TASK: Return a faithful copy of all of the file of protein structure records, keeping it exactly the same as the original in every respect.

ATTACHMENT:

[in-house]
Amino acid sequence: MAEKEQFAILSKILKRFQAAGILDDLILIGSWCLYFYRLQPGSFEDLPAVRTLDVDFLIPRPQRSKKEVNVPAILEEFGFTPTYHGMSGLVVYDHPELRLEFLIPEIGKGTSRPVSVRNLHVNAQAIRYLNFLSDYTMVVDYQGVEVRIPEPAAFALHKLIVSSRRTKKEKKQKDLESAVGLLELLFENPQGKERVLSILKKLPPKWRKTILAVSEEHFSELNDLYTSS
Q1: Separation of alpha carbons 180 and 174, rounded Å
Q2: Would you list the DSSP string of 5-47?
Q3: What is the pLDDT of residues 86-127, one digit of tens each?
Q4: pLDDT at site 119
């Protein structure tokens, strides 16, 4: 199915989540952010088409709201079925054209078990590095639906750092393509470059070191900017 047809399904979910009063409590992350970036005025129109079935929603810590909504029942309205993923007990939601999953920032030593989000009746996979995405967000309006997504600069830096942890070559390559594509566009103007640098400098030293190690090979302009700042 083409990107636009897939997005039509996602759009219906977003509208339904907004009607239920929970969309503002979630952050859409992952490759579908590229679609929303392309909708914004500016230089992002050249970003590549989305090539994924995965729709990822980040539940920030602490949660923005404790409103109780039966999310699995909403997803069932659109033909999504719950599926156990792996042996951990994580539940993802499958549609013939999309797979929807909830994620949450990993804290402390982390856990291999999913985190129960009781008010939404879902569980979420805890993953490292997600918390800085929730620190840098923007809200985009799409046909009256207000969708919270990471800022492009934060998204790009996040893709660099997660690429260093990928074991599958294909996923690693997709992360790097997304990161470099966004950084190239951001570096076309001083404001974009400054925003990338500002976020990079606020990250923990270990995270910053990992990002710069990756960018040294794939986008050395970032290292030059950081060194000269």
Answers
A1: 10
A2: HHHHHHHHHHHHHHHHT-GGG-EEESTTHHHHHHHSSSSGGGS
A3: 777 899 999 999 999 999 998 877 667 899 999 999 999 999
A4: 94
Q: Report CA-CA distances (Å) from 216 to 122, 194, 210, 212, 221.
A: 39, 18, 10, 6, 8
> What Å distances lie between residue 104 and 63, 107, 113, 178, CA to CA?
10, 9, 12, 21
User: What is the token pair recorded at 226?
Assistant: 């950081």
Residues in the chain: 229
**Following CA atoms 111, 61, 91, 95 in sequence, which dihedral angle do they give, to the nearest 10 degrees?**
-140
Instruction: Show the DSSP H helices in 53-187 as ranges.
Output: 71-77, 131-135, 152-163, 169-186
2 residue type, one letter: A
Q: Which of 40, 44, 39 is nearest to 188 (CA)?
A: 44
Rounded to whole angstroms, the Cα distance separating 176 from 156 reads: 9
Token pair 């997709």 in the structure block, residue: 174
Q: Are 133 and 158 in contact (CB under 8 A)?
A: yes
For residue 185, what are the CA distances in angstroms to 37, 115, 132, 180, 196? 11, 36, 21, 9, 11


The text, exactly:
[in-house]
Amino acid sequence: MAEKEQFAILSKILKRFQAAGILDDLILIGSWCLYFYRLQPGSFEDLPAVRTLDVDFLIPRPQRSKKEVNVPAILEEFGFTPTYHGMSGLVVYDHPELRLEFLIPEIGKGTSRPVSVRNLHVNAQAIRYLNFLSDYTMVVDYQGVEVRIPEPAAFALHKLIVSSRRTKKEKKQKDLESAVGLLELLFENPQGKERVLSILKKLPPKWRKTILAVSEEHFSELNDLYTSS
Q1: Separation of alpha carbons 180 and 174, rounded Å
Q2: Would you list the DSSP string of 5-47?
Q3: What is the pLDDT of residues 86-127, one digit of tens each?
Q4: pLDDT at site 119
């Protein structure tokens, strides 16, 4: 199915989540952010088409709201079925054209078990590095639906750092393509470059070191900017 047809399904979910009063409590992350970036005025129109079935929603810590909504029942309205993923007990939601999953920032030593989000009746996979995405967000309006997504600069830096942890070559390559594509566009103007640098400098030293190690090979302009700042 083409990107636009897939997005039509996602759009219906977003509208339904907004009607239920929970969309503002979630952050859409992952490759579908590229679609929303392309909708914004500016230089992002050249970003590549989305090539994924995965729709990822980040539940920030602490949660923005404790409103109780039966999310699995909403997803069932659109033909999504719950599926156990792996042996951990994580539940993802499958549609013939999309797979929807909830994620949450990993804290402390982390856990291999999913985190129960009781008010939404879902569980979420805890993953490292997600918390800085929730620190840098923007809200985009799409046909009256207000969708919270990471800022492009934060998204790009996040893709660099997660690429260093990928074991599958294909996923690693997709992360790097997304990161470099966004950084190239951001570096076309001083404001974009400054925003990338500002976020990079606020990250923990270990995270910053990992990002710069990756960018040294794939986008050395970032290292030059950081060194000269």
Answers
A1: 10
A2: HHHHHHHHHHHHHHHHT-GGG-EEESTTHHHHHHHSSSSGGGS
A3: 777 899 999 999 999 999 998 877 667 899 999 999 999 999
A4: 94
Q: Report CA-CA distances (Å) from 216 to 122, 194, 210, 212, 221.
A: 39, 18, 10, 6, 8
> What Å distances lie between residue 104 and 63, 107, 113, 178, CA to CA?
10, 9, 12, 21
User: What is the token pair recorded at 226?
Assistant: 């950081």
Residues in the chain: 229
**Following CA atoms 111, 61, 91, 95 in sequence, which dihedral angle do they give, to the nearest 10 degrees?**
-140
Instruction: Show the DSSP H helices in 53-187 as ranges.
Output: 71-77, 131-135, 152-163, 169-186
2 residue type, one letter: A
Q: Which of 40, 44, 39 is nearest to 188 (CA)?
A: 44
Rounded to whole angstroms, the Cα distance separating 176 from 156 reads: 9
Token pair 């997709």 in the structure block, residue: 174
Q: Are 133 and 158 in contact (CB under 8 A)?
A: yes
For residue 185, what are the CA distances in angstroms to 37, 115, 132, 180, 196? 11, 36, 21, 9, 11